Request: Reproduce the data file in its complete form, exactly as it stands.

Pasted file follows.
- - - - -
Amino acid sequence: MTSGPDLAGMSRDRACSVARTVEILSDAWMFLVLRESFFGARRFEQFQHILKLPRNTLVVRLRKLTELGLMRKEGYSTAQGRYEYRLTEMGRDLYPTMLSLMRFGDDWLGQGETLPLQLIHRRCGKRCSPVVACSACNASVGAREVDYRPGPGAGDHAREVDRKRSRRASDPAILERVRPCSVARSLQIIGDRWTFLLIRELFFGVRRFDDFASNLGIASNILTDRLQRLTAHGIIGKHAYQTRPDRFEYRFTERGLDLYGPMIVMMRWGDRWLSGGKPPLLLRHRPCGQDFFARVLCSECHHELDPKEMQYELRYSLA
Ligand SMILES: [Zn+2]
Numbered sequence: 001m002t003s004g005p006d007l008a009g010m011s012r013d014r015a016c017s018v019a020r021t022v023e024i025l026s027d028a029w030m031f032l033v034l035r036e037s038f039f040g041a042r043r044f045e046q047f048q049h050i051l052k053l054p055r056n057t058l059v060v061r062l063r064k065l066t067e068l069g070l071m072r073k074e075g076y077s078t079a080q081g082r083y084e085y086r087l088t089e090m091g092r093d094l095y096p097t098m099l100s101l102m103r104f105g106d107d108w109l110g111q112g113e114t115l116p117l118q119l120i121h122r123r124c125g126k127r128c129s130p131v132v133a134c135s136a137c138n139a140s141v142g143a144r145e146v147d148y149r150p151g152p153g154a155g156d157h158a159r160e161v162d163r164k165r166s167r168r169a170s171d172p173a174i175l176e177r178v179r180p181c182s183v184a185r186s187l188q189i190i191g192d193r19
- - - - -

Amino acid sequence: MTSGPDLAGMSRDRACSVARTVEILSDAWMFLVLRESFFGARRFEQFQHILKLPRNTLVVRLRKLTELGLMRKEGYSTAQGRYEYRLTEMGRDLYPTMLSLMRFGDDWLGQGETLPLQLIHRRCGKRCSPVVACSACNASVGAREVDYRPGPGAGDHAREVDRKRSRRASDPAILERVRPCSVARSLQIIGDRWTFLLIRELFFGVRRFDDFASNLGIASNILTDRLQRLTAHGIIGKHAYQTRPDRFEYRFTERGLDLYGPMIVMMRWGDRWLSGGKPPLLLRHRPCGQDFFARVLCSECHHELDPKEMQYELRYSLA
Ligand SMILES: [Zn+2]
Numbered sequence: 001m002t003s004g005p006d007l008a009g010m011s012r013d014r015a016c017s018v019a020r021t022v023e024i025l026s027d028a029w030m031f032l033v034l035r036e037s038f039f040g041a042r043r044f045e046q047f048q049h050i051l052k053l054p055r056n057t058l059v060v061r062l063r064k065l066t067e068l069g070l071m072r073k074e075g076y077s078t079a080q081g082r083y084e085y086r087l088t089e090m091g092r093d094l095y096p097t098m099l100s101l102m103r104f105g106d107d108w109l110g111q112g113e114t115l116p117l118q119l120i121h122r123r124c125g126k127r128c129s130p131v132v133a134c135s136a137c138n139a140s141v142g143a144r145e146v147d148y149r150p151g152p153g154a155g156d157h158a159r160e161v162d163r164k165r166s167r168r169a170s171d172p173a174i175l176e177r178v179r180p181c182s183v184a185r186s187l188q189i190i191g192d193r19